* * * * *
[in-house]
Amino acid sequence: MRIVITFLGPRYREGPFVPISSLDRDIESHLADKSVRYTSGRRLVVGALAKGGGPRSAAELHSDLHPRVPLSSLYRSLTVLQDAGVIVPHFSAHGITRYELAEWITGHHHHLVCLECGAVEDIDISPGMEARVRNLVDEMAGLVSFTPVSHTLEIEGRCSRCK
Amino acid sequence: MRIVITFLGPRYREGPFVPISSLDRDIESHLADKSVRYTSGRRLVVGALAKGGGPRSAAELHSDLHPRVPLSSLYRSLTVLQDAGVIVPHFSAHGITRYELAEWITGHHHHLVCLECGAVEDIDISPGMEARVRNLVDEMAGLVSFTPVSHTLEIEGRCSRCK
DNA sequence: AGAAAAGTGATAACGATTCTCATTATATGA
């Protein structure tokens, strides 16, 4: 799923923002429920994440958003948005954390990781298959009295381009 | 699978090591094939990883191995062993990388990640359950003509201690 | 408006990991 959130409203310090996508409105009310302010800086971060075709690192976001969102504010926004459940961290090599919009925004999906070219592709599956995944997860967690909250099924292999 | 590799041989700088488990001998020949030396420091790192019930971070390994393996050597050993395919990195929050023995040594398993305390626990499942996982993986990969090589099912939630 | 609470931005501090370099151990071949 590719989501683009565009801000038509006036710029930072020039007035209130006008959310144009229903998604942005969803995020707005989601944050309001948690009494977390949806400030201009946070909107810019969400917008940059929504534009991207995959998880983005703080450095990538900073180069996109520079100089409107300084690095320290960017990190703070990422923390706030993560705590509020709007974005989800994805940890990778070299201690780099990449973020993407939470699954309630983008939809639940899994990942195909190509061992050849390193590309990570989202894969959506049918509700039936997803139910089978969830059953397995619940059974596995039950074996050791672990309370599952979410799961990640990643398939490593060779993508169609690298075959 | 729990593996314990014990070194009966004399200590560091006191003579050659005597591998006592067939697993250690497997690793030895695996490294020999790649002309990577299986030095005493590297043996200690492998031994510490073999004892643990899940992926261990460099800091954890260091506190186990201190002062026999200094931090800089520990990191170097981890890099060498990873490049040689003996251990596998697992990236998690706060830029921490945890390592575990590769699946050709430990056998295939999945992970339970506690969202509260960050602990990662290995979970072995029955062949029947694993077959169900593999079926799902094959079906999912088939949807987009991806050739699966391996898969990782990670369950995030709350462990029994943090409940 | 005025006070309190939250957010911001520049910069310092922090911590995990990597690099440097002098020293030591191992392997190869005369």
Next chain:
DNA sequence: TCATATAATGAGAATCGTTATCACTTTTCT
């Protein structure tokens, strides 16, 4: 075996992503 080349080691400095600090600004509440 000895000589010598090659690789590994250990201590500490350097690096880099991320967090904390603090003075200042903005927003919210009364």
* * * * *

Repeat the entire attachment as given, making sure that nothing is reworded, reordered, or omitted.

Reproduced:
[in-house]
Amino acid sequence: MRIVITFLGPRYREGPFVPISSLDRDIESHLADKSVRYTSGRRLVVGALAKGGGPRSAAELHSDLHPRVPLSSLYRSLTVLQDAGVIVPHFSAHGITRYELAEWITGHHHHLVCLECGAVEDIDISPGMEARVRNLVDEMAGLVSFTPVSHTLEIEGRCSRCK
Amino acid sequence: MRIVITFLGPRYREGPFVPISSLDRDIESHLADKSVRYTSGRRLVVGALAKGGGPRSAAELHSDLHPRVPLSSLYRSLTVLQDAGVIVPHFSAHGITRYELAEWITGHHHHLVCLECGAVEDIDISPGMEARVRNLVDEMAGLVSFTPVSHTLEIEGRCSRCK
DNA sequence: AGAAAAGTGATAACGATTCTCATTATATGA
């Protein structure tokens, strides 16, 4: 799923923002429920994440958003948005954390990781298959009295381009 | 699978090591094939990883191995062993990388990640359950003509201690 | 408006990991 959130409203310090996508409105009310302010800086971060075709690192976001969102504010926004459940961290090599919009925004999906070219592709599956995944997860967690909250099924292999 | 590799041989700088488990001998020949030396420091790192019930971070390994393996050597050993395919990195929050023995040594398993305390626990499942996982993986990969090589099912939630 | 609470931005501090370099151990071949 590719989501683009565009801000038509006036710029930072020039007035209130006008959310144009229903998604942005969803995020707005989601944050309001948690009494977390949806400030201009946070909107810019969400917008940059929504534009991207995959998880983005703080450095990538900073180069996109520079100089409107300084690095320290960017990190703070990422923390706030993560705590509020709007974005989800994805940890990778070299201690780099990449973020993407939470699954309630983008939809639940899994990942195909190509061992050849390193590309990570989202894969959506049918509700039936997803139910089978969830059953397995619940059974596995039950074996050791672990309370599952979410799961990640990643398939490593060779993508169609690298075959 | 729990593996314990014990070194009966004399200590560091006191003579050659005597591998006592067939697993250690497997690793030895695996490294020999790649002309990577299986030095005493590297043996200690492998031994510490073999004892643990899940992926261990460099800091954890260091506190186990201190002062026999200094931090800089520990990191170097981890890099060498990873490049040689003996251990596998697992990236998690706060830029921490945890390592575990590769699946050709430990056998295939999945992970339970506690969202509260960050602990990662290995979970072995029955062949029947694993077959169900593999079926799902094959079906999912088939949807987009991806050739699966391996898969990782990670369950995030709350462990029994943090409940 | 005025006070309190939250957010911001520049910069310092922090911590995990990597690099440097002098020293030591191992392997190869005369």
Next chain:
DNA sequence: TCATATAATGAGAATCGTTATCACTTTTCT
């Protein structure tokens, strides 16, 4: 075996992503 080349080691400095600090600004509440 000895000589010598090659690789590994250990201590500490350097690096880099991320967090904390603090003075200042903005927003919210009364």